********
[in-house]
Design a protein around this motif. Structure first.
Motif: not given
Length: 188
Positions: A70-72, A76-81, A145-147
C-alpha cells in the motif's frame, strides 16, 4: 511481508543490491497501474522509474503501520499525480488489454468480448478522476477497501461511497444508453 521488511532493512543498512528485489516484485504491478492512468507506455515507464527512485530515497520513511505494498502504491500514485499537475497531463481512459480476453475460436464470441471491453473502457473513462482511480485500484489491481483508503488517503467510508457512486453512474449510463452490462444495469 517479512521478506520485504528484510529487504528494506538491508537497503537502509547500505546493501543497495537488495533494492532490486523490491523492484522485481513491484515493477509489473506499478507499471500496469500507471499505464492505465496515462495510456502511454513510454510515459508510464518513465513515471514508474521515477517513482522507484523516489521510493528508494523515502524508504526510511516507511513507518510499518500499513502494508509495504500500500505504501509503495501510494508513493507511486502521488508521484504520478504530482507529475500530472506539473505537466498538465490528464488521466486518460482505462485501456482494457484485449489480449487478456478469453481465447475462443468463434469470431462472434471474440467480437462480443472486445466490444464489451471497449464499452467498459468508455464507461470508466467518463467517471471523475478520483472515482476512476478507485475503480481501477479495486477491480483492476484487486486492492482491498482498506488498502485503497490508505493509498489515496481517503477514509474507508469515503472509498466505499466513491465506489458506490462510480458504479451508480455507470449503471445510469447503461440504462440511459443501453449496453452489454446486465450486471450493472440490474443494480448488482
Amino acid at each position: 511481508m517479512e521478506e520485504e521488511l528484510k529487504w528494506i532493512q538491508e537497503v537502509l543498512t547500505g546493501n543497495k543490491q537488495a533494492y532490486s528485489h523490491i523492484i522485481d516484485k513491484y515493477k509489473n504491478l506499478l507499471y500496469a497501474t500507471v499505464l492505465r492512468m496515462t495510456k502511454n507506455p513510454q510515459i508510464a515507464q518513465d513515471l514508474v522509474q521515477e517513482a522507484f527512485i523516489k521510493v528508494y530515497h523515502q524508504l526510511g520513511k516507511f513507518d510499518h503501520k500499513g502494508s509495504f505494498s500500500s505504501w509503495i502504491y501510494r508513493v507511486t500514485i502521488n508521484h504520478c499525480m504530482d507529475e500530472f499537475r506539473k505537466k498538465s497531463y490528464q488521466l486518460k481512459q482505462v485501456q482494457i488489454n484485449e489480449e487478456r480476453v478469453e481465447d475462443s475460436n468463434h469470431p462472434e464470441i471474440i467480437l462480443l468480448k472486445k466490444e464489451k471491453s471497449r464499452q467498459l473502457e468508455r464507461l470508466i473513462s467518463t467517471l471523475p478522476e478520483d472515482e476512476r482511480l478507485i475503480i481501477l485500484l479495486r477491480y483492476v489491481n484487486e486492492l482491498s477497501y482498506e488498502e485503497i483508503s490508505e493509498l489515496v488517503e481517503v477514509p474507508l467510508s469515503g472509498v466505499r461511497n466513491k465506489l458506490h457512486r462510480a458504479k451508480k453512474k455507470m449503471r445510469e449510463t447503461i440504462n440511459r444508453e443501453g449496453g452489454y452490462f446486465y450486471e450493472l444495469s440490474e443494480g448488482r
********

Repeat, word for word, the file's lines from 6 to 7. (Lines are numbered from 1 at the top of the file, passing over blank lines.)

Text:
C-alpha cells in the motif's frame, strides 16, 4: 511481508543490491497501474522509474503501520499525480488489454468480448478522476477497501461511497444508453 521488511532493512543498512528485489516484485504491478492512468507506455515507464527512485530515497520513511505494498502504491500514485499537475497531463481512459480476453475460436464470441471491453473502457473513462482511480485500484489491481483508503488517503467510508457512486453512474449510463452490462444495469 517479512521478506520485504528484510529487504528494506538491508537497503537502509547500505546493501543497495537488495533494492532490486523490491523492484522485481513491484515493477509489473506499478507499471500496469500507471499505464492505465496515462495510456502511454513510454510515459508510464518513465513515471514508474521515477517513482522507484523516489521510493528508494523515502524508504526510511516507511513507518510499518500499513502494508509495504500500500505504501509503495501510494508513493507511486502521488508521484504520478504530482507529475500530472506539473505537466498538465490528464488521466486518460482505462485501456482494457484485449489480449487478456478469453481465447475462443468463434469470431462472434471474440467480437462480443472486445466490444464489451471497449464499452467498459468508455464507461470508466467518463467517471471523475478520483472515482476512476478507485475503480481501477479495486477491480483492476484487486486492492482491498482498506488498502485503497490508505493509498489515496481517503477514509474507508469515503472509498466505499466513491465506489458506490462510480458504479451508480455507470449503471445510469447503461440504462440511459443501453449496453452489454446486465450486471450493472440490474443494480448488482
Amino acid at each position: 511481508m517479512e521478506e520485504e521488511l528484510k529487504w528494506i532493512q538491508e537497503v537502509l543498512t547500505g546493501n543497495k543490491q537488495a533494492y532490486s528485489h523490491i523492484i522485481d516484485k513491484y515493477k509489473n504491478l506499478l507499471y500496469a497501474t500507471v499505464l492505465r492512468m496515462t495510456k502511454n507506455p513510454q510515459i508510464a515507464q518513465d513515471l514508474v522509474q521515477e517513482a522507484f527512485i523516489k521510493v528508494y530515497h523515502q524508504l526510511g520513511k516507511f513507518d510499518h503501520k500499513g502494508s509495504f505494498s500500500s505504501w509503495i502504491y501510494r508513493v507511486t500514485i502521488n508521484h504520478c499525480m504530482d507529475e500530472f499537475r506539473k505537466k498538465s497531463y490528464q488521466l486518460k481512459q482505462v485501456q482494457i488489454n484485449e489480449e487478456r480476453v478469453e481465447d475462443s475460436n468463434h469470431p462472434e464470441i471474440i467480437l462480443l468480448k472486445k466490444e464489451k471491453s471497449r464499452q467498459l473502457e468508455r464507461l470508466i473513462s467518463t467517471l471523475p478522476e478520483d472515482e476512476r482511480l478507485i475503480i481501477l485500484l479495486r477491480y483492476v489491481n484487486e486492492l482491498s477497501y482498506e488498502e485503497i483508503s490508505e493509498l489515496v488517503e481517503v477514509p474507508l467510508s469515503g472509498v466505499r461511497n466513491k465506489l458506490h457512486r462510480a458504479k451508480k453512474k455507470m449503471r445510469e449510463t447503461i440504462n440511459r444508453e443501453g449496453g452489454y452490462f446486465y450486471e450493472l444495469s440490474e443494480g448488482r